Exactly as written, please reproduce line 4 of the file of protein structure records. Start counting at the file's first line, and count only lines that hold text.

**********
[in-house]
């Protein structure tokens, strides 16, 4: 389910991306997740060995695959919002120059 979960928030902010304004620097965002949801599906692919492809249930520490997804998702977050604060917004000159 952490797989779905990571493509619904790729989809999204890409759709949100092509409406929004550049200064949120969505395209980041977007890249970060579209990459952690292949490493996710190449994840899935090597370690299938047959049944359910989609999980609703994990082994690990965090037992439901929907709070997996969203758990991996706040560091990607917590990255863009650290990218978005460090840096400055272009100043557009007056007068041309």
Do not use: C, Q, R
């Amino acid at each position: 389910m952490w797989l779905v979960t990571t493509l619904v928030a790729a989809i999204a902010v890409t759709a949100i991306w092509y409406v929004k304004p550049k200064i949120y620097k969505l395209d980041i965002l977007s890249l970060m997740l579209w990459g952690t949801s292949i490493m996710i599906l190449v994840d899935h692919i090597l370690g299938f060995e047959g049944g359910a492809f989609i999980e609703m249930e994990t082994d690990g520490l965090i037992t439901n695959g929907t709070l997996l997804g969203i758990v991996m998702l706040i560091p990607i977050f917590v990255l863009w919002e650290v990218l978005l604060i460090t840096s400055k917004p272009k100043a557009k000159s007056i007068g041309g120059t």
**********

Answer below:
């Amino acid at each position: 389910m952490w797989l779905v979960t990571t493509l619904v928030a790729a989809i999204a902010v890409t759709a949100i991306w092509y409406v929004k304004p550049k200064i949120y620097k969505l395209d980041i965002l977007s890249l970060m997740l579209w990459g952690t949801s292949i490493m996710i599906l190449v994840d899935h692919i090597l370690g299938f060995e047959g049944g359910a492809f989609i999980e609703m249930e994990t082994d690990g520490l965090i037992t439901n695959g929907t709070l997996l997804g969203i758990v991996m998702l706040i560091p990607i977050f917590v990255l863009w919002e650290v990218l978005l604060i460090t840096s400055k917004p272009k100043a557009k000159s007056i007068g041309g120059t």